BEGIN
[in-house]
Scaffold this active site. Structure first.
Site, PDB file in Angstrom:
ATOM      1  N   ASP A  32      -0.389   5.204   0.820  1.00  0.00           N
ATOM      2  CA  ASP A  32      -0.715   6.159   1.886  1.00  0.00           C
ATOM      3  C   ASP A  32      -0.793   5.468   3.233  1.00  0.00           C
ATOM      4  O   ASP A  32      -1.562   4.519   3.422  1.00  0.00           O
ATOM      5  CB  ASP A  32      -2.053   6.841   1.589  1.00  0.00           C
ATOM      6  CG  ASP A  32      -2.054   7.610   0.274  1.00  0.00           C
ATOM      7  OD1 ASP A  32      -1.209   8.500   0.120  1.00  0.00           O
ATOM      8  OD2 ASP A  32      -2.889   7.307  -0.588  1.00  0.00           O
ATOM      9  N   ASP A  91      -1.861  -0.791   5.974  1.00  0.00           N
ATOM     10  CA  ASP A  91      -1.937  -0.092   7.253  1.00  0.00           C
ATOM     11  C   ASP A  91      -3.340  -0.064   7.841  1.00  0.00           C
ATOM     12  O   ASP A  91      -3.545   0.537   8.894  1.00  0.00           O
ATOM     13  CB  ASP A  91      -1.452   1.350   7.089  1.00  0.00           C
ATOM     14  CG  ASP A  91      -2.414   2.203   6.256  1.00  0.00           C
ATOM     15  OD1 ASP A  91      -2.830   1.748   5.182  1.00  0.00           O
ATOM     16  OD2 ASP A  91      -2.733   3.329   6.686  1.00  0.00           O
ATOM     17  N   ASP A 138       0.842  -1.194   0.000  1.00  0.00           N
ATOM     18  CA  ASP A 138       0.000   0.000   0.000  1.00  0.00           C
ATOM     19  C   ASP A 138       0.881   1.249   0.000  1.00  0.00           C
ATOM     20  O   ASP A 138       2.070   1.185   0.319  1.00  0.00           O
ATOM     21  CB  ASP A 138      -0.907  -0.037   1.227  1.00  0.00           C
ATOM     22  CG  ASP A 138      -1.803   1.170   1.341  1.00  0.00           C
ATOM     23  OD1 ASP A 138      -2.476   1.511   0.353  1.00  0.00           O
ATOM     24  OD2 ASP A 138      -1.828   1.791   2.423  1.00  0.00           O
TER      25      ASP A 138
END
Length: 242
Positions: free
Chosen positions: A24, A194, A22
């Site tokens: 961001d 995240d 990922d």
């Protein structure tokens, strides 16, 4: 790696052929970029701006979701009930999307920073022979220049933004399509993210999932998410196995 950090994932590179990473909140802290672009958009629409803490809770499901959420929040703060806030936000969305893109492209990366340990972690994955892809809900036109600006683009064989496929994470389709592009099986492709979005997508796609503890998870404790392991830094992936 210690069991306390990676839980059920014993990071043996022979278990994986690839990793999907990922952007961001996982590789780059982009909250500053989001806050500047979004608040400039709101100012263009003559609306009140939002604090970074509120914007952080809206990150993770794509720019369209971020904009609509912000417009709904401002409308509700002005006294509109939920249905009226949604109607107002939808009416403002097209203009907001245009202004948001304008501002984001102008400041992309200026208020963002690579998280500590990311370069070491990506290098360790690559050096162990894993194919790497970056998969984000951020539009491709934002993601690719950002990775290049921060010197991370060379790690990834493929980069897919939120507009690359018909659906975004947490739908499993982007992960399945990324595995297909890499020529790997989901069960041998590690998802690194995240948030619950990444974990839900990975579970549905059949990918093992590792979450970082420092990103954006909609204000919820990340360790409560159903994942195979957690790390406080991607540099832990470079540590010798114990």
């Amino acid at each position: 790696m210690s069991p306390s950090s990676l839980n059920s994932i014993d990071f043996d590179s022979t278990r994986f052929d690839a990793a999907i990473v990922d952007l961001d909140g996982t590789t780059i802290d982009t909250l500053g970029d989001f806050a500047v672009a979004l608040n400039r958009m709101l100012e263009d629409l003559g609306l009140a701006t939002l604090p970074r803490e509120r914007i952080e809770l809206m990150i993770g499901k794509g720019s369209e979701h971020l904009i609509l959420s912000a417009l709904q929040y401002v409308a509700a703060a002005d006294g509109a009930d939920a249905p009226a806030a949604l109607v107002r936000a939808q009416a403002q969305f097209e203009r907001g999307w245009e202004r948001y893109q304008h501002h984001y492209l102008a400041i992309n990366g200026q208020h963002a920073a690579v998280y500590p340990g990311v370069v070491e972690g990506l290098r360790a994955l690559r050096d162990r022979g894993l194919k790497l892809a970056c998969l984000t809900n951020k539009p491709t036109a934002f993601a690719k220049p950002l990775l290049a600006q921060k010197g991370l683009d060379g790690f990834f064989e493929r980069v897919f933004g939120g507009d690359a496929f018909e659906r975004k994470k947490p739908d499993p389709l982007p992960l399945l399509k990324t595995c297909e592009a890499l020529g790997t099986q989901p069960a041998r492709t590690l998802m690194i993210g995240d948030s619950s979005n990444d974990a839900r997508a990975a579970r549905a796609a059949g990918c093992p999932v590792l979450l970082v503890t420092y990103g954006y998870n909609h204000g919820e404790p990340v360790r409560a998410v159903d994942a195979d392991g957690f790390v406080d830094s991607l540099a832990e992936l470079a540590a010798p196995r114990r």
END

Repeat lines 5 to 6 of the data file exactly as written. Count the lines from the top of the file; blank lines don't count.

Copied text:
ATOM      2  CA  ASP A  32      -0.715   6.159   1.886  1.00  0.00           C
ATOM      3  C   ASP A  32      -0.793   5.468   3.233  1.00  0.00           C